A virus previously only found in animals has now jumped to humans in China — has the nation learned anything from its deadly COVID-19 blunders?
China’s National Health Commission said in a statement on Tuesday that the child had previously been around his family’s chickens and crows and began exhibiting signs of illness, such as a fever, on April 5.
This strain of avian flu is common to dogs, horses and even seals, but the commission insists there is no risk of human-to-human transmission.
The boy’s sickness is reportedly caused by a reassortant strain, meaning it’s a virus that has mutated to incorporate genes from other strains found in wild birds and poultry.
“We often see a virus spread to a human and then not spread any further, so a single case is not a cause of great concern,” Professor of Emerging Infectious Diseases and Global Health Sir Peter Horby of Oxford University told the The Guardian.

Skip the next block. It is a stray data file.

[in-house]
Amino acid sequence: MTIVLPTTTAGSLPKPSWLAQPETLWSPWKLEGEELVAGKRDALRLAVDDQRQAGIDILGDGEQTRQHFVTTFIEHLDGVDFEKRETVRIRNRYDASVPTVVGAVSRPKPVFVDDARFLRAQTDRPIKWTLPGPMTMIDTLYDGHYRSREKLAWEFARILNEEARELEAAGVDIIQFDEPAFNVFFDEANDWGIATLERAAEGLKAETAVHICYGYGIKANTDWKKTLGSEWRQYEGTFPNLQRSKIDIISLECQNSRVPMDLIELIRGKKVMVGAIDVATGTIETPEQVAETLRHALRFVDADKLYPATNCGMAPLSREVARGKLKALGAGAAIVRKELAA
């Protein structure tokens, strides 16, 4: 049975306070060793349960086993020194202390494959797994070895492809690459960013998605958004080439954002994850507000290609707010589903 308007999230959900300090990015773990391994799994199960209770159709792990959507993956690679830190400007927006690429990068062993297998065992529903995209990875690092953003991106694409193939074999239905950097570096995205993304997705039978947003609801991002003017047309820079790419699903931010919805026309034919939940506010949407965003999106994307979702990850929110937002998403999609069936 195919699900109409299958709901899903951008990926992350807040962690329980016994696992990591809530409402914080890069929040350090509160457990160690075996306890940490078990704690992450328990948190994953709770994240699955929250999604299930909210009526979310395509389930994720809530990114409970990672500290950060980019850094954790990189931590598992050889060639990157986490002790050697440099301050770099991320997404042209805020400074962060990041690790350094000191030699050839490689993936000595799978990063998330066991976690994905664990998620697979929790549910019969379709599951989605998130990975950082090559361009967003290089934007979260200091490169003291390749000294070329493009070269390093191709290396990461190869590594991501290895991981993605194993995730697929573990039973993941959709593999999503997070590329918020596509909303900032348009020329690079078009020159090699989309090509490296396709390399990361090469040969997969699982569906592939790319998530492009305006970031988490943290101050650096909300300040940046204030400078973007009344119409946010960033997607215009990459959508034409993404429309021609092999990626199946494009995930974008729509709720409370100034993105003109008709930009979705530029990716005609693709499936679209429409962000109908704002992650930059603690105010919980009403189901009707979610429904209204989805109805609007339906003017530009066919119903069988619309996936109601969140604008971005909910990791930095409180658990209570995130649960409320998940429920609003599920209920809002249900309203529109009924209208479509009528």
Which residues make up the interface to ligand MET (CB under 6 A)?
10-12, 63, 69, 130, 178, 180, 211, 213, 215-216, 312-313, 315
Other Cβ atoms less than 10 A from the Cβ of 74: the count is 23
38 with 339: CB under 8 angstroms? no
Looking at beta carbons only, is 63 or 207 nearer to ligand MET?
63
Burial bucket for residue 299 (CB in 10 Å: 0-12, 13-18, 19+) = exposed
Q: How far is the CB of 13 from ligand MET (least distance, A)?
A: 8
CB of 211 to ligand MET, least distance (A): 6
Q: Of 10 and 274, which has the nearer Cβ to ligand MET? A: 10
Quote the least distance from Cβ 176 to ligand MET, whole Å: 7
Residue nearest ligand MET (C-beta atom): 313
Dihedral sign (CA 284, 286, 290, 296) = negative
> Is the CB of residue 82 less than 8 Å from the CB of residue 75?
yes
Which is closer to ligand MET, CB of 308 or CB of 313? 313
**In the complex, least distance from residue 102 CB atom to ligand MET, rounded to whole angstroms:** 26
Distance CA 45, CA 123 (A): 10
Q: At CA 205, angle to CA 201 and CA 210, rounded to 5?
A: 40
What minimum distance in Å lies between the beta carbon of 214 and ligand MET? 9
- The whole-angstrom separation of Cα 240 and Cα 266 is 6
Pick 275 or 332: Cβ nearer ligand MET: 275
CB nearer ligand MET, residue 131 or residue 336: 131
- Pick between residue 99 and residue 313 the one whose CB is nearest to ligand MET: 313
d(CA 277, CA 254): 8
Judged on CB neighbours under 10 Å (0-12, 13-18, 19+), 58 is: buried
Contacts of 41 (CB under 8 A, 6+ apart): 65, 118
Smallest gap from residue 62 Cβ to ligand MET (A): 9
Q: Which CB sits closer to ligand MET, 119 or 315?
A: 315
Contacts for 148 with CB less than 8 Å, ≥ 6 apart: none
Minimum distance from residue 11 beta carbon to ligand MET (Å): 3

However, other experts warn that the fact that these cases are on the rise among animals — including in the U.S. — means health officials still need to be vigilant.
“I do generally believe we need to be increasing influence surveillance globally quite concertedly right now,” Alexandra Phelan, Georgetown assistant professor at the center for global health science and security, told the news outlet.
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“Apart from H3N8, we have seen a number of other new spillover events of influenza from poultry to people over recent years, including H5N8 in Russia and H7N9 and H10N3 in China,” she added.
If all of these reassurances sound familiar, perhaps that’s because it’s very much like the narrative in the early days of the COVID-19 pandemic.
“Just a reminder that there’s no reason to believe China is telling the truth.” Laura Ingraham, host of Fox News Channel’s “The Ingraham Angle,” tweeted Wednesday.
Just a reminder that there’s no reason to believe China is telling the truth.